Image used by permission of the House of White Birches Publishing Co.
When I first saw 1-2-3 Skein Crochet*, I was excited. The vast majority of the “one skein” or “stashbuster” books I had seen so far were either for knit only or for “knit and crochet” — and we all know that a book that is for “knit and crochet” will generally consist of about 90% knitting patterns with a token handful of crochet patterns thrown in. So finding one that was specifically for crochet patterns felt like getting the pot of gold at the end of the rainbow.
Given how I had built up my expectations, then, it isn’t surprising that the book fell short. But if it didn’t turn out to be a pot of gold, it was at least a pot of pewter — nothing flashy, but still solid and useful.
I can definitely think of a few of these projects that will find themselves on my project list. The Basketweave Eyeglass Case, Travel Pillows and Dainty Slippers, in particular, might well become gifts in the near-to-medium-term future. These stand in contrast to projects like the Funky Hat, Felted Necklace and Santa Toilet Seat Cover that were definitely not things I could see myself making, much less giving as gifts (YMMV, of course). Luckily, projects like these were reasonably few and far between.
I have to say that the Babies section stood out as particularly useful. Crochet patterns for babies generally rank high on the cooing adorability scale, but a few of these patters stood out, even from that crowd, as egregiously cute. I’m thinking in particular of the Serenity Blue Dress, the jacket from the Boy Blue Sunday Suit, and the Lemon Drops layette set. Even though nobody I know is currently expecting, I felt the itch to begin making one of these sweet patterns so as to be ready the next time one of my friends and/or relations procreates.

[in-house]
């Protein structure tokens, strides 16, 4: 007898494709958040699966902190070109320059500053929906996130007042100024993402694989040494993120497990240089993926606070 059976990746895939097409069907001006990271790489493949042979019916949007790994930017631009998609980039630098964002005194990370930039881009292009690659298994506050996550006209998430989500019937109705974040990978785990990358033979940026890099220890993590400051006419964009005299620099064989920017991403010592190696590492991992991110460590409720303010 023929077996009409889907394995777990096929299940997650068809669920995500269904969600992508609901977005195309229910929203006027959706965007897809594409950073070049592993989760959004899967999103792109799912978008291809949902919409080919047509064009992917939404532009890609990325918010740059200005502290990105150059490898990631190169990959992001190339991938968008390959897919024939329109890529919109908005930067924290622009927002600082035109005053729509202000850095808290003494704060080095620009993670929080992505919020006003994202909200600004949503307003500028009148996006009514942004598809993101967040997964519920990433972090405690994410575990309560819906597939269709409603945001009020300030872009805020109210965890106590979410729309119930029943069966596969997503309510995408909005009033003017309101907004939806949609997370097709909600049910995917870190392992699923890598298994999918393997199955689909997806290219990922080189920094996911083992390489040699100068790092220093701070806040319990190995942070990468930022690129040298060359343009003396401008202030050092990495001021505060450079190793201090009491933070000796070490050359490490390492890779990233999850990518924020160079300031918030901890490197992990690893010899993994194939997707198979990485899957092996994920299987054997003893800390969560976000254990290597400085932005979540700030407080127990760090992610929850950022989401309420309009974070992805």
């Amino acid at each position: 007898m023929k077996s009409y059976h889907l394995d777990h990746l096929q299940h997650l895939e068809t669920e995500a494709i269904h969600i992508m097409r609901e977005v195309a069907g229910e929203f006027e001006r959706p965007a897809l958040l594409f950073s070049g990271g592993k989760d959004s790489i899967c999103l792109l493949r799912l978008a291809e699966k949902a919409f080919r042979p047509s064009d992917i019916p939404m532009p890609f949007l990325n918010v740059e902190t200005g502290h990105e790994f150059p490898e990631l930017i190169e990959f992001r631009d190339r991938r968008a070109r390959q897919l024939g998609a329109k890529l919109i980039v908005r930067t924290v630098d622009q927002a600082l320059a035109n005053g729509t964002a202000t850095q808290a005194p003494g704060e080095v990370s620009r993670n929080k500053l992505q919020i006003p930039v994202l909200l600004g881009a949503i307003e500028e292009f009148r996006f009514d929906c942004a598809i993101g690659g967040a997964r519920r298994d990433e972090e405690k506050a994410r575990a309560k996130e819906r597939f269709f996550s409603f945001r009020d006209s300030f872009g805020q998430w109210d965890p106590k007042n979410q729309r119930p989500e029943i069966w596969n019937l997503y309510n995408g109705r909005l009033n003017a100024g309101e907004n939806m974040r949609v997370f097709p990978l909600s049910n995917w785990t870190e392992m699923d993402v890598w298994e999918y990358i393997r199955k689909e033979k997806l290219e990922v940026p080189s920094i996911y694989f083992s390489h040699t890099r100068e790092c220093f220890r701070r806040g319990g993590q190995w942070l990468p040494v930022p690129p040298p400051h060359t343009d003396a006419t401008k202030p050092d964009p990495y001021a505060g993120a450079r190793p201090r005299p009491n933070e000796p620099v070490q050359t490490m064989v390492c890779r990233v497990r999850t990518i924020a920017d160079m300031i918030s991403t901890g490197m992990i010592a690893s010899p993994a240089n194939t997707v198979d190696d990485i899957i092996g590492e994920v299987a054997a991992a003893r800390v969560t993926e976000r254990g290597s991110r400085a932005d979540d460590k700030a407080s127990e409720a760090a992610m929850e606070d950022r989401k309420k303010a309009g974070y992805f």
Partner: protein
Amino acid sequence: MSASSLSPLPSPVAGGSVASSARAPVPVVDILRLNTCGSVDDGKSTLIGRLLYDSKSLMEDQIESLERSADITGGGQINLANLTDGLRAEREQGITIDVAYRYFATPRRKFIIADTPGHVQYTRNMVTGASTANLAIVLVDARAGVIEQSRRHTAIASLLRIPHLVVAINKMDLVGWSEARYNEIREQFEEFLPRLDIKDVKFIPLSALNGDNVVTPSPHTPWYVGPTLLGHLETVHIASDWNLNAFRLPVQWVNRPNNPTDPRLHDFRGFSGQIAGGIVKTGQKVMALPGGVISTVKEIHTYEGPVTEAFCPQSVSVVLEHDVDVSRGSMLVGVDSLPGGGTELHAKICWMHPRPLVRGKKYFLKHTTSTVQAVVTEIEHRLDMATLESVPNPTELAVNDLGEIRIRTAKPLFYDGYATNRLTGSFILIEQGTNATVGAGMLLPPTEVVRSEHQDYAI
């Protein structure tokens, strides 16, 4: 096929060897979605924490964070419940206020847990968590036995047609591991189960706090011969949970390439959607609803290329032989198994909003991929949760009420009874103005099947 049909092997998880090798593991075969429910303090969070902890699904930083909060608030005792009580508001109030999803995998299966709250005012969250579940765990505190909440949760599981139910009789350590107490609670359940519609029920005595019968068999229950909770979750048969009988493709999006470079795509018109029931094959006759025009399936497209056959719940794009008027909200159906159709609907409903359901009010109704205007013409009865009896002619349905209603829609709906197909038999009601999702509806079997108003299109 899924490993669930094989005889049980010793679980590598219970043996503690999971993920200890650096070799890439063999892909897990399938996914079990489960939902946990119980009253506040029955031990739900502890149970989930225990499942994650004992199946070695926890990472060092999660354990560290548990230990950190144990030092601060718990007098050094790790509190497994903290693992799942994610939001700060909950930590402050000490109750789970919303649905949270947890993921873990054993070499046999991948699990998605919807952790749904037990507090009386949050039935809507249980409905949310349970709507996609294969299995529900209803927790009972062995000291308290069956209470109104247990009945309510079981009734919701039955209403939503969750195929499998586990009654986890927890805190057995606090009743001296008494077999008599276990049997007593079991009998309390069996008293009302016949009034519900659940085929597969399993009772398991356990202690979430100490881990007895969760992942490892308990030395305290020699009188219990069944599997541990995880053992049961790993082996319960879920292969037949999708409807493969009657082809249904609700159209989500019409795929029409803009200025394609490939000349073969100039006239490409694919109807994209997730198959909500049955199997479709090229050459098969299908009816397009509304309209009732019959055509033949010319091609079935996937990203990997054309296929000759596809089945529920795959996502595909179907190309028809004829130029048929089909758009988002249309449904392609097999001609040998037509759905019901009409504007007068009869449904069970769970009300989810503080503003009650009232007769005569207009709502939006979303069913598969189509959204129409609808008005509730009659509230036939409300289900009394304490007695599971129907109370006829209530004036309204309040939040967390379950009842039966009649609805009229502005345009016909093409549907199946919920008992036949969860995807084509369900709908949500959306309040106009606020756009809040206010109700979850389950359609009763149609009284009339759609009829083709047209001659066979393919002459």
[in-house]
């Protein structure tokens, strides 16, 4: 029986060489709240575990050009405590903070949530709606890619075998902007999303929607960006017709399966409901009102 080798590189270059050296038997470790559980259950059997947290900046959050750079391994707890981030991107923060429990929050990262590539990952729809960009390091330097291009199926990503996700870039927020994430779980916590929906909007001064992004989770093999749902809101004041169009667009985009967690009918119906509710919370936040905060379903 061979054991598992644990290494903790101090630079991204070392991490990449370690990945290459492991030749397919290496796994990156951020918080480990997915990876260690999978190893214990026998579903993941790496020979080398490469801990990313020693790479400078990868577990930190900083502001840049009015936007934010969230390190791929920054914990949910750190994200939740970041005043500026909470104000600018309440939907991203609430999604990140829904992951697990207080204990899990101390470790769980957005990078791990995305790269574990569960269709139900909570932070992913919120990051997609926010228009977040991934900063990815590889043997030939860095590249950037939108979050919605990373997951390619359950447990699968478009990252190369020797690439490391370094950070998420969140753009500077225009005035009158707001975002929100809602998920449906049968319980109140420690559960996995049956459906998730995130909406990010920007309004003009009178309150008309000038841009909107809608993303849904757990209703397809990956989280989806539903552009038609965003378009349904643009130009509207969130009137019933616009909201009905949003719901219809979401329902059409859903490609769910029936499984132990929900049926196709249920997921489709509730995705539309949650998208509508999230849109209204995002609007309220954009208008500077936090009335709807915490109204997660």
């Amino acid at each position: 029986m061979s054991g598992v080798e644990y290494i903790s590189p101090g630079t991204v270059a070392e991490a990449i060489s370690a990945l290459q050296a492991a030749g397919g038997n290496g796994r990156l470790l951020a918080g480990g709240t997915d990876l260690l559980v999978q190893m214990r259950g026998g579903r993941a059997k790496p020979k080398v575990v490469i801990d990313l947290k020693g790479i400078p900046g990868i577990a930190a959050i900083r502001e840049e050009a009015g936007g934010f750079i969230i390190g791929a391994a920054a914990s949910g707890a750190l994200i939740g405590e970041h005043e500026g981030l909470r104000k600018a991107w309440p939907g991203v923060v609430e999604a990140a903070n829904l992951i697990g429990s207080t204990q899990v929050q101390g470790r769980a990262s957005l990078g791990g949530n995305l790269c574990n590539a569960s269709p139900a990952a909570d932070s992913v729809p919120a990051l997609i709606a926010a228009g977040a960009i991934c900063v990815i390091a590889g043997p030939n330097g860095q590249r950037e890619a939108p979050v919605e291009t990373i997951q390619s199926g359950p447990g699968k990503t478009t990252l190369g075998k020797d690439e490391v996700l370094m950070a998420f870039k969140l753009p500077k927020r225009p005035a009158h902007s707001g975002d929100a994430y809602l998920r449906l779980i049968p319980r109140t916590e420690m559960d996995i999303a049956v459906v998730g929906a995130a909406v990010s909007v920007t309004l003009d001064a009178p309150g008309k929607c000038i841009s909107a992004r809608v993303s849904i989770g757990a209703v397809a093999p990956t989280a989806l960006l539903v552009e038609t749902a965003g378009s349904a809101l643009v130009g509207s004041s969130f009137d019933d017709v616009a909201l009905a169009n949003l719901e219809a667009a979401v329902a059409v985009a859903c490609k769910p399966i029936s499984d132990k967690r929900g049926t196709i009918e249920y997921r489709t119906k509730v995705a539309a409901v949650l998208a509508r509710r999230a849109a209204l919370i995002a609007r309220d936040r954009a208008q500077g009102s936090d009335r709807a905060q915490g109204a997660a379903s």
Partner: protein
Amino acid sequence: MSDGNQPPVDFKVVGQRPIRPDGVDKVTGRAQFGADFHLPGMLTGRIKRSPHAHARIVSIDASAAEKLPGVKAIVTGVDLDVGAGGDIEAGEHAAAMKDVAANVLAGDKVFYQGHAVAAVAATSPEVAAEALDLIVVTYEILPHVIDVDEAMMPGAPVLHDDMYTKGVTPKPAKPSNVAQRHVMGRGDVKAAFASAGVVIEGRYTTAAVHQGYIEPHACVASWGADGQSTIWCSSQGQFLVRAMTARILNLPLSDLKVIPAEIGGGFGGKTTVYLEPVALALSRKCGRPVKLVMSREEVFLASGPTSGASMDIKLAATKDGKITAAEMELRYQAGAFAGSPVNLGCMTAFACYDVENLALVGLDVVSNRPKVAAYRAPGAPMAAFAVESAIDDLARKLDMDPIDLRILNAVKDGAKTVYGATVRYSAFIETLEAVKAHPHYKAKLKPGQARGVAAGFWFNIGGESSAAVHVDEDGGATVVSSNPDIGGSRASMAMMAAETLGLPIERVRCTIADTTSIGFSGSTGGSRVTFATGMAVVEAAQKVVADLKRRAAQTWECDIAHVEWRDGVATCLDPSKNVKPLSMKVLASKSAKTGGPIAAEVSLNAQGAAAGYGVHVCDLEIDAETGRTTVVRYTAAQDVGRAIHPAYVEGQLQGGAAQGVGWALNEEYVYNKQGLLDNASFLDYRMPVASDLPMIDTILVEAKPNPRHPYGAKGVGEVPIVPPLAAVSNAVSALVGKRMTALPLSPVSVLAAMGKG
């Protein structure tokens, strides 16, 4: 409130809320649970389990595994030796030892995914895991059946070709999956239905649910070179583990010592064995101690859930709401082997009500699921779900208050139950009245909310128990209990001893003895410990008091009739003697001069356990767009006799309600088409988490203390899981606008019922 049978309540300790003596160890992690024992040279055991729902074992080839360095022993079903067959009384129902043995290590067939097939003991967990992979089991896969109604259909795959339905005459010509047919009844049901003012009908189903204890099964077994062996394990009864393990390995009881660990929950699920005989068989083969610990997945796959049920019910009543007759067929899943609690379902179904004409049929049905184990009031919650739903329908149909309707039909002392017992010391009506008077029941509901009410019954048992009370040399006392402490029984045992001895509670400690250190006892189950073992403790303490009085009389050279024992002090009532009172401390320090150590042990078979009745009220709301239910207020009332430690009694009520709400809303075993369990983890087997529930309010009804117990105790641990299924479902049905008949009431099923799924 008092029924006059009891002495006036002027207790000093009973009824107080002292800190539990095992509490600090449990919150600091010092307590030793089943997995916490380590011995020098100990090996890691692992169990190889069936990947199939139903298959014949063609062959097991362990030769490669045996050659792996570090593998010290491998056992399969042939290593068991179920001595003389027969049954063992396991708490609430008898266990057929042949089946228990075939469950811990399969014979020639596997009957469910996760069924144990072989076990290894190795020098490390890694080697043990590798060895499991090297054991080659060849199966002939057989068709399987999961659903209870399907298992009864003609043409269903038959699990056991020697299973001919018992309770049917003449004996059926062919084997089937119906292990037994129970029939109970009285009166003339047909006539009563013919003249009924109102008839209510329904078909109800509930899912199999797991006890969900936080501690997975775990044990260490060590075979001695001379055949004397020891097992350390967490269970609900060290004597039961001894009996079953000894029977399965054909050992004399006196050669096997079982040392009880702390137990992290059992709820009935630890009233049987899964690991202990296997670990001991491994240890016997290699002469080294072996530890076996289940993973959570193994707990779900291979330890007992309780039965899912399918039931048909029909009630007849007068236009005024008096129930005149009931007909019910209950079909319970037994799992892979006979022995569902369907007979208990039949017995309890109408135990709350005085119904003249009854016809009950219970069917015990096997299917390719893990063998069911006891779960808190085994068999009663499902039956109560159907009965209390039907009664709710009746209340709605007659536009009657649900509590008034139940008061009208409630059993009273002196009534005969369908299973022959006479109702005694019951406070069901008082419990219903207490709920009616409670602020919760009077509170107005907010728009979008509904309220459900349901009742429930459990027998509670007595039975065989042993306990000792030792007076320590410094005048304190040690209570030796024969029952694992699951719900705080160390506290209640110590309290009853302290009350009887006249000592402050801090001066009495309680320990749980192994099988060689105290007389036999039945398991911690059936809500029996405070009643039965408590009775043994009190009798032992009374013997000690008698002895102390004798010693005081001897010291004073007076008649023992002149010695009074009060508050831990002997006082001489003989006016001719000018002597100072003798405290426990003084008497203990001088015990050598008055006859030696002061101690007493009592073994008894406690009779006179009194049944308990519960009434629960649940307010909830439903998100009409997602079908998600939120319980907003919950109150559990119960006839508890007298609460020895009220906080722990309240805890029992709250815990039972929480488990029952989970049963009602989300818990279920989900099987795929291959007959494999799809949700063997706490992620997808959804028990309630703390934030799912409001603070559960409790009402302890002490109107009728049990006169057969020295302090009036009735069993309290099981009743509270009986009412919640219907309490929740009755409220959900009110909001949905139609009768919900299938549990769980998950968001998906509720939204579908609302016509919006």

Where the Babies section stood out, I found myself wondering about some of the patterns in the Men’s section. Many of the projects struck me as fairly unisex-ish. Nothing wrong with them, of course, but it seemed like they were “manly” mostly in the yarn color, and not in the pattern itself.
All in all, this is a serviceable stash-busting book. I wouldn’t call it inspired, but that isn’t what stash busting is really about, anyway. If you are a crocheter who wants to reduce that stash of yarn that is currently taking over the closet, I’d definitely suggest taking a look at this book.
* For purposes of full disclosure, I want to say that no publisher or seller of this work has influenced this review.